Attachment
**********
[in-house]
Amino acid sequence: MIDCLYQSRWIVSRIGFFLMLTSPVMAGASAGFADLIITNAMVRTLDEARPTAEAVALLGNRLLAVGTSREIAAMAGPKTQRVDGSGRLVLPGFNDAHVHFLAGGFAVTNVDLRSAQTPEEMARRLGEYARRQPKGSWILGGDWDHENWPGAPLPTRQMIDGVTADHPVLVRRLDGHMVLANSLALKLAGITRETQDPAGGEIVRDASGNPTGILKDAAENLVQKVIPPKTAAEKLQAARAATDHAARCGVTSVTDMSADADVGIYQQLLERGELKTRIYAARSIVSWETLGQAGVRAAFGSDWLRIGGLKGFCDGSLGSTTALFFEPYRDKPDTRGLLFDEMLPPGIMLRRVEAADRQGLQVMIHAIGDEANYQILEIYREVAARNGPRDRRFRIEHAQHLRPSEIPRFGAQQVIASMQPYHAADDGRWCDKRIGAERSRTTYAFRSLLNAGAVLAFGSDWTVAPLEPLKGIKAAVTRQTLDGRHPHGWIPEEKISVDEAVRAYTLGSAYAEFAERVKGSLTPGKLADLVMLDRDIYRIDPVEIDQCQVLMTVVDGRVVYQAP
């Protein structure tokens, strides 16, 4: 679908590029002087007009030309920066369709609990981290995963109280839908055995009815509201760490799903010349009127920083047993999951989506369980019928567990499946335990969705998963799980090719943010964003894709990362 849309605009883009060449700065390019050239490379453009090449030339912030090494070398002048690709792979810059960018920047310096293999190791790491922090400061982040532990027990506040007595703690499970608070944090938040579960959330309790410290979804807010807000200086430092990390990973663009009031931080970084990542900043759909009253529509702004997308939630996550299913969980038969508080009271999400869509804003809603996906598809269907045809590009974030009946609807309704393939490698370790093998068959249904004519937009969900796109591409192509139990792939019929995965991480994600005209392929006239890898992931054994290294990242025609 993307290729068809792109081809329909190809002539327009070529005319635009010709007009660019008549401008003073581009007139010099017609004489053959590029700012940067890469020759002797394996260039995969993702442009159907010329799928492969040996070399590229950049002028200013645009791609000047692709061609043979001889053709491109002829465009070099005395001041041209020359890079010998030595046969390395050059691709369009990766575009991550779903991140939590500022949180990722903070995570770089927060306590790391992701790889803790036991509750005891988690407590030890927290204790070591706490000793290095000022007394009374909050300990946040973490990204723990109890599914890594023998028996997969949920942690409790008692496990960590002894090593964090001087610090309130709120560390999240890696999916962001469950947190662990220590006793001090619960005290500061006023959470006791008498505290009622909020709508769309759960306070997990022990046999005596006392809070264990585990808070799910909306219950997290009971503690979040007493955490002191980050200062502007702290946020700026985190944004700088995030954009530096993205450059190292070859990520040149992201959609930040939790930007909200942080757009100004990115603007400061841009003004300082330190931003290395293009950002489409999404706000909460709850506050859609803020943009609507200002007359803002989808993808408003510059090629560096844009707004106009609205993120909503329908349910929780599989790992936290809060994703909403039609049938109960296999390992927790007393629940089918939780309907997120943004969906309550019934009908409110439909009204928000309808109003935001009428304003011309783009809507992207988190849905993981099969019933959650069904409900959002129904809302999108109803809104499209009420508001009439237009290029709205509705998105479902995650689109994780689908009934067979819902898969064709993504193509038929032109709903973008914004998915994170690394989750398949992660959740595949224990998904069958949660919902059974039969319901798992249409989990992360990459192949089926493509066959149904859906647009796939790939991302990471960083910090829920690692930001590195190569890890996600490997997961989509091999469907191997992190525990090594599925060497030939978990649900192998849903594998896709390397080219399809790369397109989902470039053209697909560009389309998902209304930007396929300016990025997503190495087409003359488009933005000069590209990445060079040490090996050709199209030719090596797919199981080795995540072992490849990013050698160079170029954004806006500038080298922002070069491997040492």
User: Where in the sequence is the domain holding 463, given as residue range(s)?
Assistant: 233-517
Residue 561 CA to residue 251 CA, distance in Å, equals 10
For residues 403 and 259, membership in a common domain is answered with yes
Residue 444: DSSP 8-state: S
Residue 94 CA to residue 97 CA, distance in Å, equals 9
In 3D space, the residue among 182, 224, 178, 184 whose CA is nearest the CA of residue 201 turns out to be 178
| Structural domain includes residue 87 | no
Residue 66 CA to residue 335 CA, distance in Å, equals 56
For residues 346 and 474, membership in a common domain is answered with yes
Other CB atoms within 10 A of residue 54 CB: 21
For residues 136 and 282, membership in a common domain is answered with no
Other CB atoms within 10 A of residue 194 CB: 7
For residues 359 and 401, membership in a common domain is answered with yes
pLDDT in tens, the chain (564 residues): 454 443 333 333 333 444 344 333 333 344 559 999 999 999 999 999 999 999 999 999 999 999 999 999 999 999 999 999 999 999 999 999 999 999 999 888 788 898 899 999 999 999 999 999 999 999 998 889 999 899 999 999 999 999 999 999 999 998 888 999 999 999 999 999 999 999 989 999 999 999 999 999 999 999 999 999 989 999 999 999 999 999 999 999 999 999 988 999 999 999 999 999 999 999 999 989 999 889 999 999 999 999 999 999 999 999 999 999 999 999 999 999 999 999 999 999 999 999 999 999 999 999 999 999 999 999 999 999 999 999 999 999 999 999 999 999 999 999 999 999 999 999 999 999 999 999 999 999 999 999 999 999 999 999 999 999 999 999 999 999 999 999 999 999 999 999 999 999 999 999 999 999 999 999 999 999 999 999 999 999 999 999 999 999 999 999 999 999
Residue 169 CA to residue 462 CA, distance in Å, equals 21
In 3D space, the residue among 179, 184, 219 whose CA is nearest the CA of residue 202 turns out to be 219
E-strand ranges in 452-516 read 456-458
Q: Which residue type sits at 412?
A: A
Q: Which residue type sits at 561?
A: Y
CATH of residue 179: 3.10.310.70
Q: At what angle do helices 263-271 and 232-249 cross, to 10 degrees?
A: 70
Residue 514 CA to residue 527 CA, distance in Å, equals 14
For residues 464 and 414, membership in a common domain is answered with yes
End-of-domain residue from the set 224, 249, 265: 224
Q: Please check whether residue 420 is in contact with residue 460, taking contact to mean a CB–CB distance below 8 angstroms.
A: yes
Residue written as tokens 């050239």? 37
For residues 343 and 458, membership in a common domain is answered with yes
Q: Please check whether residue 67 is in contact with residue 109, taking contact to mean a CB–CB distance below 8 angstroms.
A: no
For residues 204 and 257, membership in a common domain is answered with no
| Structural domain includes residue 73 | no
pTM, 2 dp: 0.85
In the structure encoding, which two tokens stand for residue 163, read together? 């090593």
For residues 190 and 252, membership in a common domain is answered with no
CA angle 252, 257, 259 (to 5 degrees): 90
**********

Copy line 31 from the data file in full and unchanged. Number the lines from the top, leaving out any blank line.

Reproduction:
End-of-domain residue from the set 224, 249, 265: 224